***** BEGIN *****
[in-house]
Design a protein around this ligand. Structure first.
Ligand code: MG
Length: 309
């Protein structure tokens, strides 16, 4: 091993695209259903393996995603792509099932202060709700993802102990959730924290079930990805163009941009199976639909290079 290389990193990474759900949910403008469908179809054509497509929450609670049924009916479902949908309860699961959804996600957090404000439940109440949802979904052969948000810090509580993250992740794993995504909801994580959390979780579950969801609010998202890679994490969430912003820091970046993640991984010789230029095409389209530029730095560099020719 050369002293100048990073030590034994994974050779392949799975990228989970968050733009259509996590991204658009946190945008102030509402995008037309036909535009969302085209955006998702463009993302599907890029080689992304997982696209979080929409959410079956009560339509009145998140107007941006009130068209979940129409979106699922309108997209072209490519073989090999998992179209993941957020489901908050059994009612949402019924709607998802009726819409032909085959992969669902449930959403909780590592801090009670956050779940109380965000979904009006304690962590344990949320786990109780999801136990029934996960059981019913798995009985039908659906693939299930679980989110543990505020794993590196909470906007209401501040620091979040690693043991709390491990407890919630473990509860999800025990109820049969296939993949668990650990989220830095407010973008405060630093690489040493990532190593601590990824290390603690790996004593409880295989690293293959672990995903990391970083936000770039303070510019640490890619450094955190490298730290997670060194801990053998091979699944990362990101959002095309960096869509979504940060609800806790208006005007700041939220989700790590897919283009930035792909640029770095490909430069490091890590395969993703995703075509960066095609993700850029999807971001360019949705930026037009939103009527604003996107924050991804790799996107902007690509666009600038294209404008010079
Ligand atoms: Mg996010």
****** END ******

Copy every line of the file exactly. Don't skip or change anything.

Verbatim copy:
[in-house]
Design a protein around this ligand. Structure first.
Ligand code: MG
Length: 309
């Protein structure tokens, strides 16, 4: 091993695209259903393996995603792509099932202060709700993802102990959730924290079930990805163009941009199976639909290079 290389990193990474759900949910403008469908179809054509497509929450609670049924009916479902949908309860699961959804996600957090404000439940109440949802979904052969948000810090509580993250992740794993995504909801994580959390979780579950969801609010998202890679994490969430912003820091970046993640991984010789230029095409389209530029730095560099020719 050369002293100048990073030590034994994974050779392949799975990228989970968050733009259509996590991204658009946190945008102030509402995008037309036909535009969302085209955006998702463009993302599907890029080689992304997982696209979080929409959410079956009560339509009145998140107007941006009130068209979940129409979106699922309108997209072209490519073989090999998992179209993941957020489901908050059994009612949402019924709607998802009726819409032909085959992969669902449930959403909780590592801090009670956050779940109380965000979904009006304690962590344990949320786990109780999801136990029934996960059981019913798995009985039908659906693939299930679980989110543990505020794993590196909470906007209401501040620091979040690693043991709390491990407890919630473990509860999800025990109820049969296939993949668990650990989220830095407010973008405060630093690489040493990532190593601590990824290390603690790996004593409880295989690293293959672990995903990391970083936000770039303070510019640490890619450094955190490298730290997670060194801990053998091979699944990362990101959002095309960096869509979504940060609800806790208006005007700041939220989700790590897919283009930035792909640029770095490909430069490091890590395969993703995703075509960066095609993700850029999807971001360019949705930026037009939103009527604003996107924050991804790799996107902007690509666009600038294209404008010079
Ligand atoms: Mg996010």